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This article is part of the supplement: Proceedings of the 8th Global Arthritis Research Network (GARN) Meeting and 1st Bio-Rheumatology International Congress (BRIC)

Poster presentation

IL-17-producing ©™T cells are important for the development of arthritis in a rheumatoid arthritis model

Aoi Akitsu12*, Harumichi Ishigame1, Shigeru Kakuta1, Shinobu Saijo1 and Yoichiro Iwakura12

  • * Corresponding author: Aoi Akitsu

Author Affiliations

1 Center for Experimental Medicine and Systems Biology, The Institute of Medical Science, The University of Tokyo, Japan

2 Japan Society for the Promotion of Science (JSPS) 3Core Research for Evolutional Science and Technology (CREST), Japan

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Arthritis Research & Therapy 2012, 14(Suppl 1):P3  doi:10.1186/ar3604

The electronic version of this article is the complete one and can be found online at: http://arthritis-research.com/content/14/S1/P3


Published:9 February 2012

© 2012 Akitsu et al.; licensee BioMed Central Ltd.

This is an Open Access article distributed under the terms of the Creative Commons Attribution License (http://creativecommons.org/licenses/by/2.0), which permits unrestricted use, distribution, and reproduction in any medium, provided the original work is properly cited.

Background

IL-1 receptor antagonist deficient (Il1rn-/-) mice spontaneously develop arthritis. We previously demonstrated that IL-17 plays a crucial role in the development of arthritis in Il1rn-/- mice. Furthermore we showed that IL-1 Ra-deficiency in T cells is important for the development of arthritis. It is not known, however, which IL-17-producing cells are involved in the pathogenesis of arthritis in this model.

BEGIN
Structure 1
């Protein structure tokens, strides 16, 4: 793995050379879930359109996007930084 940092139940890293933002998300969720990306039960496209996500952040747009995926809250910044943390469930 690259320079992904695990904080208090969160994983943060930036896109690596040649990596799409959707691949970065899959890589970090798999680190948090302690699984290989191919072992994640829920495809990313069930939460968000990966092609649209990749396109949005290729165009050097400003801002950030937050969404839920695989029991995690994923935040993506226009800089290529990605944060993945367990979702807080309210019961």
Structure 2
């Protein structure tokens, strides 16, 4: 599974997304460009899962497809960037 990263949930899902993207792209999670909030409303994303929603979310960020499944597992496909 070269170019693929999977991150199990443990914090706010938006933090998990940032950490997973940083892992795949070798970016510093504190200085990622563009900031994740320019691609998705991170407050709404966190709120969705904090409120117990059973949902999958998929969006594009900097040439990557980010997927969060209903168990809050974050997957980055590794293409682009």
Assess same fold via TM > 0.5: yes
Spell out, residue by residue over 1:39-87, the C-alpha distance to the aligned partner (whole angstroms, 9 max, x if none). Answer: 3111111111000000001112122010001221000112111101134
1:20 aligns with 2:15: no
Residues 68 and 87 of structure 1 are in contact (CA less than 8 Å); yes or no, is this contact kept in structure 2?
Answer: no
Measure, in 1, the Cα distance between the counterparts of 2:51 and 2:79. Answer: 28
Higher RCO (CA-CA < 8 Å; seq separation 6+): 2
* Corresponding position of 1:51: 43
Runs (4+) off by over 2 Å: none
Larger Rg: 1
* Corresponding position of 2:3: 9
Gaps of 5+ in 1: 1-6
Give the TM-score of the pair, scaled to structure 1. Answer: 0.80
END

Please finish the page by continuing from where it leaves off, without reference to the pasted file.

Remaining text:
Results

To identify the source of IL-17 in Il1rn-/- mice, we analyzed IL-17-producing cells. We found that IL-17 production from both CD4+ T cells and ©™T cells was increased in the draining lymph nodes. To clarify the roles of CD4+ T cells and ©™T cells in the development of arthritis, ©™T cells or CD4+ T cells were depleted in Il1rn-/- mice using antibodies. The development of disease was suppressed in both cases, suggesting both Th17 cells and IL-17-producing ©™T cells were involved in the pathogenesis. Then, the pathogenic role of IL-17-producing ©™T cells in the absence of Th17 cells was examined.

We generated mice with IL-17 producing ©™T cells, but without Th17 cells, by adoptively transferring Il17-/-Il1rn-/--T cells into nude mice in which IL-17-producing ©™T cells are present. We found that these mice still developed arthritis and that only ©™T cells produced IL-17. Finally, to corroborate that the development of arthritis in this transfer system is dependent on IL-17, we adoptively transferred Il17-/-Il1rn-/--T cells into Il17-/-nu/nu mice. The development of arthritis was significantly suppressed in Il17-/-Il1rn-/--T cell-transferred Il17-/-nu/nu mice compared with Il-17+/+nu/nu mice transferred with Il17-/-Il1rn-/--T cells, suggesting that ©™T -cell-derived IL-17 is important for the develop arthritis.

Conclusion

These results indicate that ©™T cell-derived IL-17 plays an important role in the pathogenesis of arthritis in Il1rn-/- mice.